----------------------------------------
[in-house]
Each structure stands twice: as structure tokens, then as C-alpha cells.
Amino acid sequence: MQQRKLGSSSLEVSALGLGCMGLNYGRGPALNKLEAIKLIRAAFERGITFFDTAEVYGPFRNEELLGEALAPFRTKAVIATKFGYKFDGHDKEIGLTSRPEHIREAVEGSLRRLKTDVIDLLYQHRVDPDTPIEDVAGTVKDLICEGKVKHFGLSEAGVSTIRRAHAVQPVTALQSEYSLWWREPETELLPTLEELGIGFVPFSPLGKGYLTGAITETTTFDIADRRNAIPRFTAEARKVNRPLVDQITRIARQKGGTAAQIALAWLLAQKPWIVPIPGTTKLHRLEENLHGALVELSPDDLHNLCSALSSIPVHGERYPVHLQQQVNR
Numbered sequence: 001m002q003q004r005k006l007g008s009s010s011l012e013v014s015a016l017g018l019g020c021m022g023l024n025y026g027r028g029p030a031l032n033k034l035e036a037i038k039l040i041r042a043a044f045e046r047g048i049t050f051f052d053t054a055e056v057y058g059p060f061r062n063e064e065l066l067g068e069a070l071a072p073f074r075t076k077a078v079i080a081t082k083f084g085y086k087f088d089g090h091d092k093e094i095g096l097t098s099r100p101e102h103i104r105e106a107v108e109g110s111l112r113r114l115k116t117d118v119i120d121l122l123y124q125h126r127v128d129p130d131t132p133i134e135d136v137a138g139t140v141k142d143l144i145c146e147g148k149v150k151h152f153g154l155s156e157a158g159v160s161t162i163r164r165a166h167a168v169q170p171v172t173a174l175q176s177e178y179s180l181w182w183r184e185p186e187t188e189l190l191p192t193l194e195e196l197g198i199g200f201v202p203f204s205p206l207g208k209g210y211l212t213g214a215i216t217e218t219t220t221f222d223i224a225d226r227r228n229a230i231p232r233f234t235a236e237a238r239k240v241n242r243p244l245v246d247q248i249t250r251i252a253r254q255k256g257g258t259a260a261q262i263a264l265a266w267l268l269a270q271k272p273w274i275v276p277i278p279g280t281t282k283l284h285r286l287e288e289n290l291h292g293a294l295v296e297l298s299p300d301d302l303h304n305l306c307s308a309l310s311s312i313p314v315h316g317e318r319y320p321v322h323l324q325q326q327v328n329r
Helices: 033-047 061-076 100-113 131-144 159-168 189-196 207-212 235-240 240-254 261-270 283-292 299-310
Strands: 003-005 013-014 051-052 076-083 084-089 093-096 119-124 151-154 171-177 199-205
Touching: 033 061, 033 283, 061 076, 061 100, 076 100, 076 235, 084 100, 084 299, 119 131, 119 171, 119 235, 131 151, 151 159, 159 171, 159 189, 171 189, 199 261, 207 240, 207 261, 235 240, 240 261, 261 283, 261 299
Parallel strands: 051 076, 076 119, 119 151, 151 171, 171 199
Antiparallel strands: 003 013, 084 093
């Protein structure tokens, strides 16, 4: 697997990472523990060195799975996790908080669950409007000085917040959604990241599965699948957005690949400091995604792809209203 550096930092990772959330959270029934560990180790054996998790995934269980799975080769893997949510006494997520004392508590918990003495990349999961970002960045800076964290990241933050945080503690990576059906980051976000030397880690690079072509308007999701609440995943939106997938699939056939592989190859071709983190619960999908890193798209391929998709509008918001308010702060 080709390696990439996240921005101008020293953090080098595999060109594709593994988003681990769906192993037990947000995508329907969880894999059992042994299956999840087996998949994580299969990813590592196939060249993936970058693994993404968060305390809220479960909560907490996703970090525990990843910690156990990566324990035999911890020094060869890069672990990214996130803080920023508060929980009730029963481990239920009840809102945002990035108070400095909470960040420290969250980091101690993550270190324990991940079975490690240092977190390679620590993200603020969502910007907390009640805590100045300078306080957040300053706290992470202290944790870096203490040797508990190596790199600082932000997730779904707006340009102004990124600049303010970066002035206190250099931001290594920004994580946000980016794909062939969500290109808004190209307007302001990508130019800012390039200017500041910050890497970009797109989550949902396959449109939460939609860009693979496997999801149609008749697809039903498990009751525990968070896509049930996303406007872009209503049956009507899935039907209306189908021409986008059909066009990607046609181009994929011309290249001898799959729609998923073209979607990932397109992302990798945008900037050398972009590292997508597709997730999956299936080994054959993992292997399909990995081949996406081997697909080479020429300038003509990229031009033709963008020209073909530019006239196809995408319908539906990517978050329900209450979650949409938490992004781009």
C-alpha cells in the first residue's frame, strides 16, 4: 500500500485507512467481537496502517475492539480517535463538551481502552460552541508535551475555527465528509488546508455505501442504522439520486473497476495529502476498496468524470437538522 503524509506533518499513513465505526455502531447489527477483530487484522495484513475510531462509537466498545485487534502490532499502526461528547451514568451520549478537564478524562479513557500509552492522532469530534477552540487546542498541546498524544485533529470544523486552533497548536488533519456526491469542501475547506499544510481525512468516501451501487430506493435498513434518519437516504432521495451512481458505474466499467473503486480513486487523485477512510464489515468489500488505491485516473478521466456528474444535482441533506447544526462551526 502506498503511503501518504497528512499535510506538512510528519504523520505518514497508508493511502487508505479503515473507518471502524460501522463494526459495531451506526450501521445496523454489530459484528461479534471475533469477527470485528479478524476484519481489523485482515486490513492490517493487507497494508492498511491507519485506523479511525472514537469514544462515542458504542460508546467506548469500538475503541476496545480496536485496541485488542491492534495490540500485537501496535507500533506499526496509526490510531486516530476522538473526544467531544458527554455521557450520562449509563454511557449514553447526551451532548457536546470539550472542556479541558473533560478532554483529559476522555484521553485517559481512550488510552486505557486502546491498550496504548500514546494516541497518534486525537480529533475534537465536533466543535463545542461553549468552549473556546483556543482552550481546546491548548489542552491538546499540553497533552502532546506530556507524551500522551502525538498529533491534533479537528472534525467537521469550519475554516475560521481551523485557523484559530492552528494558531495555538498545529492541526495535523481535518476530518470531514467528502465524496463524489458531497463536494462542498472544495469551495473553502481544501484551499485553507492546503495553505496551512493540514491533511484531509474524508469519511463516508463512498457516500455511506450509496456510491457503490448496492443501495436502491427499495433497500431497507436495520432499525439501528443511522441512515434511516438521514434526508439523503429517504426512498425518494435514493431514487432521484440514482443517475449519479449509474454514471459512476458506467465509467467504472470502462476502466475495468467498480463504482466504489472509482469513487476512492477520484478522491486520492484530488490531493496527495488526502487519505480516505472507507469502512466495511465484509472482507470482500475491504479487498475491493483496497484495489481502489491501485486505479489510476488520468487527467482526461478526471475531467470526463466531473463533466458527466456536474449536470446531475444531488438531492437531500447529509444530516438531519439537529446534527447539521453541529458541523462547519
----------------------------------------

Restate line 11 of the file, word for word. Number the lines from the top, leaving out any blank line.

C-alpha cells in the first residue's frame, strides 16, 4: 500500500485507512467481537496502517475492539480517535463538551481502552460552541508535551475555527465528509488546508455505501442504522439520486473497476495529502476498496468524470437538522 503524509506533518499513513465505526455502531447489527477483530487484522495484513475510531462509537466498545485487534502490532499502526461528547451514568451520549478537564478524562479513557500509552492522532469530534477552540487546542498541546498524544485533529470544523486552533497548536488533519456526491469542501475547506499544510481525512468516501451501487430506493435498513434518519437516504432521495451512481458505474466499467473503486480513486487523485477512510464489515468489500488505491485516473478521466456528474444535482441533506447544526462551526 502506498503511503501518504497528512499535510506538512510528519504523520505518514497508508493511502487508505479503515473507518471502524460501522463494526459495531451506526450501521445496523454489530459484528461479534471475533469477527470485528479478524476484519481489523485482515486490513492490517493487507497494508492498511491507519485506523479511525472514537469514544462515542458504542460508546467506548469500538475503541476496545480496536485496541485488542491492534495490540500485537501496535507500533506499526496509526490510531486516530476522538473526544467531544458527554455521557450520562449509563454511557449514553447526551451532548457536546470539550472542556479541558473533560478532554483529559476522555484521553485517559481512550488510552486505557486502546491498550496504548500514546494516541497518534486525537480529533475534537465536533466543535463545542461553549468552549473556546483556543482552550481546546491548548489542552491538546499540553497533552502532546506530556507524551500522551502525538498529533491534533479537528472534525467537521469550519475554516475560521481551523485557523484559530492552528494558531495555538498545529492541526495535523481535518476530518470531514467528502465524496463524489458531497463536494462542498472544495469551495473553502481544501484551499485553507492546503495553505496551512493540514491533511484531509474524508469519511463516508463512498457516500455511506450509496456510491457503490448496492443501495436502491427499495433497500431497507436495520432499525439501528443511522441512515434511516438521514434526508439523503429517504426512498425518494435514493431514487432521484440514482443517475449519479449509474454514471459512476458506467465509467467504472470502462476502466475495468467498480463504482466504489472509482469513487476512492477520484478522491486520492484530488490531493496527495488526502487519505480516505472507507469502512466495511465484509472482507470482500475491504479487498475491493483496497484495489481502489491501485486505479489510476488520468487527467482526461478526471475531467470526463466531473463533466458527466456536474449536470446531475444531488438531492437531500447529509444530516438531519439537529446534527447539521453541529458541523462547519